By Mari Wadsworth
JUNE 1, 1998: CHECKER COMICS: We've heard the grumblings of comic book fans (and artists, and store owners) for some years now: that the comic book industry smashed itself to pieces in a self-destructive tantrum not unlike that of one of its mutant, angry money-makers. In simple language, the industry alienated its fan base and sales hit the skids.
The renegade indie comic is no new phenom, to be sure. But we (admittedly not among the regular comic-reading elite) hope the emergence of publisher Checker Comics, which describes itself as "singularly dedicated to re-establishing this relationship (with fans) by recapturing the art and science of comic book creation," is a promising portent for talented artists (of which this town has plenty) and neglected readers alike.
Clearly, they've got a decent sense of humor: Sample inventory for review consisted of the innocent Vegman: America's Vegetarian Super-Hero alongside Chemical Warfare, a dark tale rendered in the classic war comic style.
Two great comics that taste great together.
Actually, our attention-deficit addled brains favored the former, which features mild-mannered "Just Bill" from Santa Fe, who's transformed into hunky Vegman through the power of UV sunglasses and a sound diet. He undergoes more character development in 32 pages than you'll find in a whole summer of blockbuster movies, all rendered with quirky, childlike humor and bad puns: from milquetoast house-husband to carnivorous, ego-maniacal superhero (he strikes a blow for superheroes everywhere when he turns down a trophy and demands $50 million a month to continue fighting injustice in Santa Fe), on to his reformed, part-time, vegetarian crime-fighting status.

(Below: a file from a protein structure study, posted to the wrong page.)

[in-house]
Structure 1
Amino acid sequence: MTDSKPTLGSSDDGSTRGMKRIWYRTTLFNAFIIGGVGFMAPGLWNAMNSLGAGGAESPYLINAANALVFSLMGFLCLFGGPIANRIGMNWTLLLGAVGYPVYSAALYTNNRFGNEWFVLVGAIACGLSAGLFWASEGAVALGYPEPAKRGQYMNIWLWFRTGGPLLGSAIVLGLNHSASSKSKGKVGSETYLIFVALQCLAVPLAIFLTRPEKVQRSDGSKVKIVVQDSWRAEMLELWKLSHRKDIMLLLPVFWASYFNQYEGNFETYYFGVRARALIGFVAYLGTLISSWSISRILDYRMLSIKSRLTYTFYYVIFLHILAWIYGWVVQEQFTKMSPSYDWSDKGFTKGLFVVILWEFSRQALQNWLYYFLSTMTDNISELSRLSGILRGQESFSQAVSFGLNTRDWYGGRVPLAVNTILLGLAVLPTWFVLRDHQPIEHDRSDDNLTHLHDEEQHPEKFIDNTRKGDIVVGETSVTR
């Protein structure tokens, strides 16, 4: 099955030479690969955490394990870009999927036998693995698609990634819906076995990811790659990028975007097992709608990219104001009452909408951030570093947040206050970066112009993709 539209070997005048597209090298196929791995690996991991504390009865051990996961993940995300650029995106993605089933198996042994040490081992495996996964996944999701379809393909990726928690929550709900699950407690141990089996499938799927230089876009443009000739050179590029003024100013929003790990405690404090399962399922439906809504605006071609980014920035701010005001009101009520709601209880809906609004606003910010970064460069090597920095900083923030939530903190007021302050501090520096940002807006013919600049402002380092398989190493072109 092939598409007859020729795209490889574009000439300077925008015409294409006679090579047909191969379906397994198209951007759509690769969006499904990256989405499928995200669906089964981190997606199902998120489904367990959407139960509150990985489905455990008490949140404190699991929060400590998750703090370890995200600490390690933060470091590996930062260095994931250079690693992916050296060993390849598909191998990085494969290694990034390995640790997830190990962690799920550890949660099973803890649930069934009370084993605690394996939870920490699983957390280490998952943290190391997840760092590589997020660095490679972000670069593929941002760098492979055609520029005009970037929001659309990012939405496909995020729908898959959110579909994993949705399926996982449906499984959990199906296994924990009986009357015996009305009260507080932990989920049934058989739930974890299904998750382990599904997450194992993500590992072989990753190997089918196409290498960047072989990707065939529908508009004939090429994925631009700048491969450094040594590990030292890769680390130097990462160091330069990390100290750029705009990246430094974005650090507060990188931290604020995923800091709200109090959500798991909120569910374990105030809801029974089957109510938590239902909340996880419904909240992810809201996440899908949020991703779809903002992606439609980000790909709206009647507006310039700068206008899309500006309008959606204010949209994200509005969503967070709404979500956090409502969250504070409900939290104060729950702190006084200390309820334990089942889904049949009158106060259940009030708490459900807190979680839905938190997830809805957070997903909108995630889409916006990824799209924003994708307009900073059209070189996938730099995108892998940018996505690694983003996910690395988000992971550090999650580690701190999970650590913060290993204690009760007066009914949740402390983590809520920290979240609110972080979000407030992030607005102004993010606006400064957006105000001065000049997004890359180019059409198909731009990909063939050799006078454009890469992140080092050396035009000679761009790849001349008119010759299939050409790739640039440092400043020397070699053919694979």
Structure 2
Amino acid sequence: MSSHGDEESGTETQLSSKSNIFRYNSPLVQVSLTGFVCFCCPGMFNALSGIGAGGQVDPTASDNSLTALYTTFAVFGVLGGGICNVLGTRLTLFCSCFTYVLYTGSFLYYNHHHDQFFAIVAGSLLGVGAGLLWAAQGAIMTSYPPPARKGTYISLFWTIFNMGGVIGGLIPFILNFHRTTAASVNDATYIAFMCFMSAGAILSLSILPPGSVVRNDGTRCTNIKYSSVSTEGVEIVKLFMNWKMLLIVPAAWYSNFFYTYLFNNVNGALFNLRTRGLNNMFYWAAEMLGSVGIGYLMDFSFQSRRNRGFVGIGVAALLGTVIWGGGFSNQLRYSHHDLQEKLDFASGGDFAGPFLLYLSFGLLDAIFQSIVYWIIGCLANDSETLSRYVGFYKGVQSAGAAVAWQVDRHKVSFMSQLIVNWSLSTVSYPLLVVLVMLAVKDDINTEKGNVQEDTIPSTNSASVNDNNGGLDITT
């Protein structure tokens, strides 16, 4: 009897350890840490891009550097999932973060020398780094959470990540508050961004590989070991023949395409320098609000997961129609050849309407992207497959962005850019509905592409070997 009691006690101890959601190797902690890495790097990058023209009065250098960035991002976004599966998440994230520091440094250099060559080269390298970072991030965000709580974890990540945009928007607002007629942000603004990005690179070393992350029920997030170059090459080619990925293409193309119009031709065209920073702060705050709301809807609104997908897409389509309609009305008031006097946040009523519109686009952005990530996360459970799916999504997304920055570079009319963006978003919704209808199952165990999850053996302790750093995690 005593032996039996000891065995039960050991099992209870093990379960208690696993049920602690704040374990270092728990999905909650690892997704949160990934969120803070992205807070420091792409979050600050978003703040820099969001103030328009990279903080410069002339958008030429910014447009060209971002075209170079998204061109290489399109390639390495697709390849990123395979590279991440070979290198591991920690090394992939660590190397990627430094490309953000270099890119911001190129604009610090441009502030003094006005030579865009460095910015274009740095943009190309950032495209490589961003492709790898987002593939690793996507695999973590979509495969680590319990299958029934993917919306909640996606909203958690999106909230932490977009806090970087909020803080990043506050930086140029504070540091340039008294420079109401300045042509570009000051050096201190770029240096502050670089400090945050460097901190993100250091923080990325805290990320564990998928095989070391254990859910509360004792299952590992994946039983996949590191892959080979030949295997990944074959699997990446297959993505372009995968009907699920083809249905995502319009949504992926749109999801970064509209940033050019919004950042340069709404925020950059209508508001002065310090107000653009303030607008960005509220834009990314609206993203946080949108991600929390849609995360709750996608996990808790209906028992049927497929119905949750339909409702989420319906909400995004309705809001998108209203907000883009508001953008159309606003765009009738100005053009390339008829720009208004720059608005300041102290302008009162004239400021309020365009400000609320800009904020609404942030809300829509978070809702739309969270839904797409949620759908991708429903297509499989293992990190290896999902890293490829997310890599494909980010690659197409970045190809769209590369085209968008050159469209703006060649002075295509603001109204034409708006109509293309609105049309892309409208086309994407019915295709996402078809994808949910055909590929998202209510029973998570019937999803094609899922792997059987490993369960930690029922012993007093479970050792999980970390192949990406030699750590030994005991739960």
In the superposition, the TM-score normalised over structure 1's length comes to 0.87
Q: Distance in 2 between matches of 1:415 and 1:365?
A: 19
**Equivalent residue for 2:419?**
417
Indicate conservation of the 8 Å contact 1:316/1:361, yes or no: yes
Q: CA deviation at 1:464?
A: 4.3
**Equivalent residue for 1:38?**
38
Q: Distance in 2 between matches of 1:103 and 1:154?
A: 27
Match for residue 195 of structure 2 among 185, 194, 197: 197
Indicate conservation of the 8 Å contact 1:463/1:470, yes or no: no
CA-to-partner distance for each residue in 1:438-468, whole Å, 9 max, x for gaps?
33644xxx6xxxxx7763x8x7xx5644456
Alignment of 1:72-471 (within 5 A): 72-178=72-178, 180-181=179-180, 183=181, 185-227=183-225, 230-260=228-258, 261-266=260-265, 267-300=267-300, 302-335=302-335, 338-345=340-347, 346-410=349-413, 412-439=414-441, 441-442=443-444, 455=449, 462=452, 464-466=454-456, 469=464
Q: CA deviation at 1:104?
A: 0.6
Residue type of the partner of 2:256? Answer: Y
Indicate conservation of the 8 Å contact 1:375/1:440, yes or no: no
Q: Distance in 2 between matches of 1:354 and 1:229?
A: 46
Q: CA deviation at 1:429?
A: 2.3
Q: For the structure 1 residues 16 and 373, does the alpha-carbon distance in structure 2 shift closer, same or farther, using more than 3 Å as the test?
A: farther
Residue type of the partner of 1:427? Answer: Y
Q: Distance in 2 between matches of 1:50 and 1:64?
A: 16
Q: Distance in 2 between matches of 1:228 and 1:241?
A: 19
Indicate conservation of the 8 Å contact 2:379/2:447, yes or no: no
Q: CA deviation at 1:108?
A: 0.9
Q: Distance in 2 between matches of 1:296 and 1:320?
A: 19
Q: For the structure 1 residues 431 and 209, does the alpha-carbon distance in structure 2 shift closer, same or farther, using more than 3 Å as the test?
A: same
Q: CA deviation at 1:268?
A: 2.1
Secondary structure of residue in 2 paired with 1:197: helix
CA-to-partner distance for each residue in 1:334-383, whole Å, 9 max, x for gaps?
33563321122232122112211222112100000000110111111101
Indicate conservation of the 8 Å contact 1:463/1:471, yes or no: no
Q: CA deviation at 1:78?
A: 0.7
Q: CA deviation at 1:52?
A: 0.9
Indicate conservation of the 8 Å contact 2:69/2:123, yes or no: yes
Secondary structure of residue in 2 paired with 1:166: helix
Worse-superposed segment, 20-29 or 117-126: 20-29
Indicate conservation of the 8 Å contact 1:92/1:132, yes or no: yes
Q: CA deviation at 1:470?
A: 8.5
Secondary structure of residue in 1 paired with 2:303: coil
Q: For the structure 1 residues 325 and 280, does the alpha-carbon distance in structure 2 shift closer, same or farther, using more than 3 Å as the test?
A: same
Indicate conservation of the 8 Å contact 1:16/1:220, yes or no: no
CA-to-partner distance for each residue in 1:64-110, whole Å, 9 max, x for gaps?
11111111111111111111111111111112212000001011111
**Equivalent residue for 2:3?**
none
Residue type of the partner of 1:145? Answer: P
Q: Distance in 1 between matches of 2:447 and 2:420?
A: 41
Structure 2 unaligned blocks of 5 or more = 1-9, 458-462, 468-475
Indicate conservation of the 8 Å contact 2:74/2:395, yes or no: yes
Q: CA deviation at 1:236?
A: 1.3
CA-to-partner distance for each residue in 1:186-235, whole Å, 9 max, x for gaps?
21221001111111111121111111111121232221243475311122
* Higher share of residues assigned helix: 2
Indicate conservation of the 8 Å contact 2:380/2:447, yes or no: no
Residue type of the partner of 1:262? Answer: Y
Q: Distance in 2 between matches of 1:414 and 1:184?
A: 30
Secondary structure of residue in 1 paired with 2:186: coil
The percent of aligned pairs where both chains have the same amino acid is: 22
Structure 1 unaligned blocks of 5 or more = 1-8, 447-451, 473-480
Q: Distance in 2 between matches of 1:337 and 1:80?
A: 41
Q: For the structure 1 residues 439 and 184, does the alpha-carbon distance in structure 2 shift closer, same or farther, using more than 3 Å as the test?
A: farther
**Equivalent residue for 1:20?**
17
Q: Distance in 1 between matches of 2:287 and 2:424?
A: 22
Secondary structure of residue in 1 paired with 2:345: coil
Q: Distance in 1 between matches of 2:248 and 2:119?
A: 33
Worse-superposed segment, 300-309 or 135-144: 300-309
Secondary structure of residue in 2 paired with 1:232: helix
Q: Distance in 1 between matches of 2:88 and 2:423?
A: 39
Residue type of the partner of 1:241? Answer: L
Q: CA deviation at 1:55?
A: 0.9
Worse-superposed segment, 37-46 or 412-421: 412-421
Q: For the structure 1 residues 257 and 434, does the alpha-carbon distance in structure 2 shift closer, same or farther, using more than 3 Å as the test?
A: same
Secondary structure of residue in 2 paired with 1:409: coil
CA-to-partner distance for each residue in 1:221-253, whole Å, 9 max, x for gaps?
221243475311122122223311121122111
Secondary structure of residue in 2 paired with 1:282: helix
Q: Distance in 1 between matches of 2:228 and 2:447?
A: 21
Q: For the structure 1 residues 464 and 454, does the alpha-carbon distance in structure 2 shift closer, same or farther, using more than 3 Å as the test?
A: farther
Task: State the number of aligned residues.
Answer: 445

Other titles due out this summer from Checker include Mutator, wherein a cadre of superscientists endeavor to change the course of humankind by manipulating our genetic evolution; and Danger Ranger, which has a really pretty cover featuring FBI hero Kirby Jackson, who joins a "hastily assembled, technologically intensive team" to deal with a wave of paranormal crime. "(Due to) shady power politics and stifling bureaucratic incompetence, the game has changed. Now Jackson is stuck in a dead-end job...as a superhero."
Who among us hasn't had that experience?
Anyway, keep an eye on the racks of your local comic books stores. Even if Checker doesn't mark the beginning of a new era in comic book publishing, they indubitably offer the beginning of a few new series to chill with this summer.
Each of these first issues are $2.95. For more information, write or call Checker Comics, 257 Wayne Ave., Dayton, Ohio 45402; or (937) 586-9688.
GENERATION YES: Mercifully, the Gen X soundbites are slipping off the radar screens, leaving those of us lumped into this nebulous demographic to figure out our brilliance or mediocrity without the help of the pundits and filmmakers. Even so, the cover story "20 Under 30," in the June issue of Working Woman, is a welcome progress report since the late '80s/early '90s, when post-graduation angst and an oversaturated job market were at their peak.